Tuesday, September 23, 2014

D.I.Y. Care Package For Chemo Patients

Recently, a very dear friend of mine was diagnosed with cancer. When the time came for her to begin her chemo therapy, I wanted to do something for her, but was at a complete loss. What do you get someone going through chemo? Flowers carry spores. They have very specific diets. They're not usually up for a visit. So what can you do? 

Here is what I came up with, after doing a little research into what a chemo patient may need. I picked out a pretty gift bag, and filled it with a journal and pen, a lip balm, some breath mints, hand sanitizer, hand lotion, travel Kleenex, and a chocolate treat. I included an encouraging card.

 These were all things she was able to use. She continues to fight, but I'm happy to report she is doing quite well. I hope this post helps someone, looking for an idea. Here's to winning the fight against cancer!

Thursday, September 4, 2014

Let's Talk Chores!

The chores question comes up a lot. Here's a quick explanation of how we manage chores, in the Kitschy Homeschool House.

I'll be honest. My kids do a fairly minimal amount of chores. I'm a tough teacher. Their workload is much heavier than most homeschoolers I know. I expect a lot out of them during school hours, so I don't feel endless chores are necessary or fair. My kids need and deserve their down time. That said, they don't get off scot-free. Here's a break down of their chore list.

Morning Chores:
After breakfast each day, my oldest son (age 15) takes out the trash and recycling. My daughter (age 10) empties the dishwasher. Then they wash up, get dressed, and we start school. 

Afternoon/Evening Chores:
Sometime before dinner twice a week, my oldest two clean their bathroom. 

That's pretty much it. Now, they're all (including my 4 year old) responsible for keeping their rooms tidy, and putting away their own laundry. They're all also required to do anything I ask of them. For example, if I say, "Go gather all the dishes from around the house." or "Pick up the clutter in the living room," then they better hop to it.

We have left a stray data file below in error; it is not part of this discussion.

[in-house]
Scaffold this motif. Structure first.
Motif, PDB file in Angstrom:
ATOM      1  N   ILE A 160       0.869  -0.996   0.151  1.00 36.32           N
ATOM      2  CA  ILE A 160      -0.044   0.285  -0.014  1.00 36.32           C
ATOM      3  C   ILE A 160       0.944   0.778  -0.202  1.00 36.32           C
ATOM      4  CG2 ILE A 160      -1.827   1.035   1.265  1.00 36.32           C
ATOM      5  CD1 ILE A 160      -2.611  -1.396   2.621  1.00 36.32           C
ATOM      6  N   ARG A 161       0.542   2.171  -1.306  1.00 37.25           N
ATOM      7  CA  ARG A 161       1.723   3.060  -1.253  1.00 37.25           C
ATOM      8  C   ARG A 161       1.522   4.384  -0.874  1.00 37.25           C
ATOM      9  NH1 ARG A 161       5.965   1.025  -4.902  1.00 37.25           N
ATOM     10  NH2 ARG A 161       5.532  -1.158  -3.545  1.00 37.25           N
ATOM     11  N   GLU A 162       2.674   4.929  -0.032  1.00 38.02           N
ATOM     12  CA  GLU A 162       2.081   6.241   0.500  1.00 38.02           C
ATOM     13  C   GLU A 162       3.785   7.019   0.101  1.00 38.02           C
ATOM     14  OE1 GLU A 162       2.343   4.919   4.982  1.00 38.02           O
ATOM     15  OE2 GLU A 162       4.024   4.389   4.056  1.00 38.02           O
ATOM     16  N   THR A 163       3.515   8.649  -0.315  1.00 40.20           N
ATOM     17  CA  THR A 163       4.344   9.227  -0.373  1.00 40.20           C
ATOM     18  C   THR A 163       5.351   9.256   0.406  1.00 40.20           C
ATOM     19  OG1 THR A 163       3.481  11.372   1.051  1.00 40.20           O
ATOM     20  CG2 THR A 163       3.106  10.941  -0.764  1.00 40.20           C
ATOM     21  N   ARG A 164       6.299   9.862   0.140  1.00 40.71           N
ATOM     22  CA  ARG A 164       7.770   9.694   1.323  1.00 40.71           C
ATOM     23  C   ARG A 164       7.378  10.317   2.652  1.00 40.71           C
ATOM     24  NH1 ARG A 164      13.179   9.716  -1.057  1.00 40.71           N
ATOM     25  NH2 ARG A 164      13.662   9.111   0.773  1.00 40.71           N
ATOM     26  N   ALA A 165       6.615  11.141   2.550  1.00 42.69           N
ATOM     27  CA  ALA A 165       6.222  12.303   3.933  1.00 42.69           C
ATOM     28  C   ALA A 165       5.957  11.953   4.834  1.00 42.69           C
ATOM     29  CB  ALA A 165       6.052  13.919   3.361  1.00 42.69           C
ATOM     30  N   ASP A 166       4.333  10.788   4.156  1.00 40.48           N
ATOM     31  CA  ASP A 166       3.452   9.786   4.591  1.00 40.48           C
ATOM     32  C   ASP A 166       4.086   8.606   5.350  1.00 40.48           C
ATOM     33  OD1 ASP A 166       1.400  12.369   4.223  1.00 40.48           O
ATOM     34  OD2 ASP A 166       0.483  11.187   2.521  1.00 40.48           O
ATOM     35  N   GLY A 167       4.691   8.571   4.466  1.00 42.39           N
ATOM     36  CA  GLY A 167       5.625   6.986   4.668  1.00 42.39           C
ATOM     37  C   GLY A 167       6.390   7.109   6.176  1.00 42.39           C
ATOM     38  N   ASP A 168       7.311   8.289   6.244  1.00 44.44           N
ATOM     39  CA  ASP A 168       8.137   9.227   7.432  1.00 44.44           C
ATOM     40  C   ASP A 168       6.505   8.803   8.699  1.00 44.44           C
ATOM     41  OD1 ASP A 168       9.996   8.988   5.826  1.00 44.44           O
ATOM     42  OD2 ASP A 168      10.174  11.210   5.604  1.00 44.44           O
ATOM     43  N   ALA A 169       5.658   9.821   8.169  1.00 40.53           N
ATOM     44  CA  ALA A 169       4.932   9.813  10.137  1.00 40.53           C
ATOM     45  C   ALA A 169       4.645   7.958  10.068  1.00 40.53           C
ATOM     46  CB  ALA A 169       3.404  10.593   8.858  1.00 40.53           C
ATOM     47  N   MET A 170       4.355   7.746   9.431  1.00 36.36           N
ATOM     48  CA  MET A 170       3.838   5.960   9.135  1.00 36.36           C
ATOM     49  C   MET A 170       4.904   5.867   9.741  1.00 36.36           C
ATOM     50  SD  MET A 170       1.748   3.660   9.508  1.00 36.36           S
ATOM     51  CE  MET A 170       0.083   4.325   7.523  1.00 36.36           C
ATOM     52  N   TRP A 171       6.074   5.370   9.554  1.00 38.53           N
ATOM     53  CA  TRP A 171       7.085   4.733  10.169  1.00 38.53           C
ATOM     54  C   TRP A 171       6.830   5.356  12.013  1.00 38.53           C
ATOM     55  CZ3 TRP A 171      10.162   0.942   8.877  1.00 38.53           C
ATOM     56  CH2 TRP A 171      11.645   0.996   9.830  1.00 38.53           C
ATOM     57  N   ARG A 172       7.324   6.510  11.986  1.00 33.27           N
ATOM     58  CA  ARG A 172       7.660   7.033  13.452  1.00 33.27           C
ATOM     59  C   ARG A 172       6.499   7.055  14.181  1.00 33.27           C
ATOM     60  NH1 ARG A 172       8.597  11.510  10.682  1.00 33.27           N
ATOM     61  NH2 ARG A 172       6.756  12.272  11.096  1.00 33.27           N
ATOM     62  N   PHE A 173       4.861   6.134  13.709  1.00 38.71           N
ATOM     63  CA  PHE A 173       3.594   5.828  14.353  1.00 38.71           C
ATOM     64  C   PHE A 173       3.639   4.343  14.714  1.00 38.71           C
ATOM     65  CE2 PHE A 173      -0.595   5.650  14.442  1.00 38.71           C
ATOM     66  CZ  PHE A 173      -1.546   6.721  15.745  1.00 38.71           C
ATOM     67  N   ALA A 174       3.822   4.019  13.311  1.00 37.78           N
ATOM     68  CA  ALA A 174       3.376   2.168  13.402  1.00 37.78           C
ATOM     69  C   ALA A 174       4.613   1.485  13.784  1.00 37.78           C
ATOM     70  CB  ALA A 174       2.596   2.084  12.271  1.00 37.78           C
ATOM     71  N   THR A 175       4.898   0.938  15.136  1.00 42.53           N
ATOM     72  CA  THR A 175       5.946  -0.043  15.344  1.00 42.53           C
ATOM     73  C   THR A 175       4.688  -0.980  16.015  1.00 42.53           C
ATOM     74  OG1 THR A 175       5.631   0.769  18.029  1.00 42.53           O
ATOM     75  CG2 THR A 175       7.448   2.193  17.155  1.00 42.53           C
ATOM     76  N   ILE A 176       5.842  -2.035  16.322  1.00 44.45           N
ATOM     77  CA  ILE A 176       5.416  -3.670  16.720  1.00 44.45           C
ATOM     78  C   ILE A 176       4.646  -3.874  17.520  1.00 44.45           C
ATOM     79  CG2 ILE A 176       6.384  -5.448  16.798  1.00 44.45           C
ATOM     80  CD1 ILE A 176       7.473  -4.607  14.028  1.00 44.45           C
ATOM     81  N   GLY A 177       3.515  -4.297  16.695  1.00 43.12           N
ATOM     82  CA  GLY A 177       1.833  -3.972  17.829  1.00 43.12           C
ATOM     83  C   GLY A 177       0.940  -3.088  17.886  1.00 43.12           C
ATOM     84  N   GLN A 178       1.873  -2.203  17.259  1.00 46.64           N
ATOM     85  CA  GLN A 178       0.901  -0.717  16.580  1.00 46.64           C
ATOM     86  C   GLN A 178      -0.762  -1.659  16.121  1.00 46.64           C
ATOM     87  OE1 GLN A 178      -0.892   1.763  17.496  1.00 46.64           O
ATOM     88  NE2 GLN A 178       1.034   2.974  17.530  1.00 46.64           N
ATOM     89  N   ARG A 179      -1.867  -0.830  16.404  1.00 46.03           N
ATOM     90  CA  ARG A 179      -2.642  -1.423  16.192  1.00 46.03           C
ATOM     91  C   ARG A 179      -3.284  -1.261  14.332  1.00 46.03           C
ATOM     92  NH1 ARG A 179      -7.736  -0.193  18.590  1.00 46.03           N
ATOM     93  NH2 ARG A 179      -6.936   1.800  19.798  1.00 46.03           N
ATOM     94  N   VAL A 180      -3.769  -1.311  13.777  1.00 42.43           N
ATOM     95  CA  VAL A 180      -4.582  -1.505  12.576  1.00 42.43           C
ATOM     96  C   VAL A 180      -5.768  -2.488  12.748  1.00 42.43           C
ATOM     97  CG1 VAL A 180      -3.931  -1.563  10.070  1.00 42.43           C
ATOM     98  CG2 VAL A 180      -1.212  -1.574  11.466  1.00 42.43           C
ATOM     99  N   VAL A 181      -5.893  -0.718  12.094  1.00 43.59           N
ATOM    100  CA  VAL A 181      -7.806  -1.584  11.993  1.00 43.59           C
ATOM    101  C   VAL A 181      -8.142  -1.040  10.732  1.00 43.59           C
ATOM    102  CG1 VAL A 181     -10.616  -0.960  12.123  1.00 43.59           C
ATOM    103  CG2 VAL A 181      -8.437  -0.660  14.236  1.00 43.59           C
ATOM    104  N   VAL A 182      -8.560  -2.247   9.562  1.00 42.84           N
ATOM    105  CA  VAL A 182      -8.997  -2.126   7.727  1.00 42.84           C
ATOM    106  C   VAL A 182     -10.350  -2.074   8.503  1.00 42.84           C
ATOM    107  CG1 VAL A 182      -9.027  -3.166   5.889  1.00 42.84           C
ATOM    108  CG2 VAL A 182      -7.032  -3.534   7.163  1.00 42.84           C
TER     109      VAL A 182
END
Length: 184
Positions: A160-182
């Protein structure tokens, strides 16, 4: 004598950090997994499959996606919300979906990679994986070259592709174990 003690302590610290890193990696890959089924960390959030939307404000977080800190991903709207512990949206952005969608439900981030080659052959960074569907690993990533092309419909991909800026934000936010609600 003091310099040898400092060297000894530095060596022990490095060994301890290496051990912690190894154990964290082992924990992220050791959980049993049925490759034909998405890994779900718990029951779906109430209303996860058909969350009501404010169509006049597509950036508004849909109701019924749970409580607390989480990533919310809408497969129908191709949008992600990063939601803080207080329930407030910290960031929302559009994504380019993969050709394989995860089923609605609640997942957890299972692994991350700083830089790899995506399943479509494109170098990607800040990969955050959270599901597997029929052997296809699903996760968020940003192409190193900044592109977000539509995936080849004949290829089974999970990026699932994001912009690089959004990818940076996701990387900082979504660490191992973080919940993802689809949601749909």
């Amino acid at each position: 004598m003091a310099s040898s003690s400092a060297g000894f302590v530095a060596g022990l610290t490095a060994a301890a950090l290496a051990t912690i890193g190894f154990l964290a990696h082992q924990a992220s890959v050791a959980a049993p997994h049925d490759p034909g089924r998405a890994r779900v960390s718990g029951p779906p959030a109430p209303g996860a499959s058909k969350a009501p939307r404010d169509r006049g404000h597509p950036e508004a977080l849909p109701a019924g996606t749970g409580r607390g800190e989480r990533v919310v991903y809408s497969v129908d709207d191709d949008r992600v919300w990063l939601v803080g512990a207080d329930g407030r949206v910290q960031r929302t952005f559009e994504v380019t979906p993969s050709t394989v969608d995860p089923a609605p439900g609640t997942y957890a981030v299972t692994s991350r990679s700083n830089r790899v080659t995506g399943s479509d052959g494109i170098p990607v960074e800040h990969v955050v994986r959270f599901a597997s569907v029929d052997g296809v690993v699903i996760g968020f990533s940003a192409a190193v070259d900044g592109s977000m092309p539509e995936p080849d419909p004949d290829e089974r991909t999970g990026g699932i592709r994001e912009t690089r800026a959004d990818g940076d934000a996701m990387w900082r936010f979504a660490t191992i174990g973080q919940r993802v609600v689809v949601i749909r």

Short post, I know. How extensive are the chores in your household?

Saturday, August 23, 2014

Pork Scallopini with Tomato Red-Wine-Vinegar Sauce

This is a simple and quick entree, that my whole family loves. 

2 tbsp olive oil, divided
1 2.5 lb pork loin
Salt & Pepper
1 onion, thinly sliced
2 cloves garlic, minced
1/3 cup red-wine-vinegar
1 pint grape tomatoes, halved
1/4 cup fresh torn basil

Thinly slice your pork loin, and sprinkle both sides with salt & pepper to taste.

Heat skillet over medium heat, add olive oil to pan, and cook pork 3 minutes per side, or until nicely browned and cooked through.

Arrange pork on platter, and allow to rest, but keep warm.

Add a drizzle more olive oil to pan, and scrape the bottom. Add onions and garlic to the skillet, and cook 2-4 minutes, until nicely browned.

Pour vinegar over onions and garlic, and cook until liquid is reduced by about half.

Now, toss in the tomatoes and a dash or two of pepper. Cook about 4 minutes, or until the tomatoes just begin to shrivel and produce liquid.

Pour sauce over cooked pork, sprinkle with basil, and serve. Yummy!!

Tuesday, August 12, 2014

How I Plan Our Homeschool Year: 3 Easy Steps

I've said it before, but I'll say it again. I'm no good at "how-to's." Every homeschool mom has their own way of doing things, that works for them. This is mine.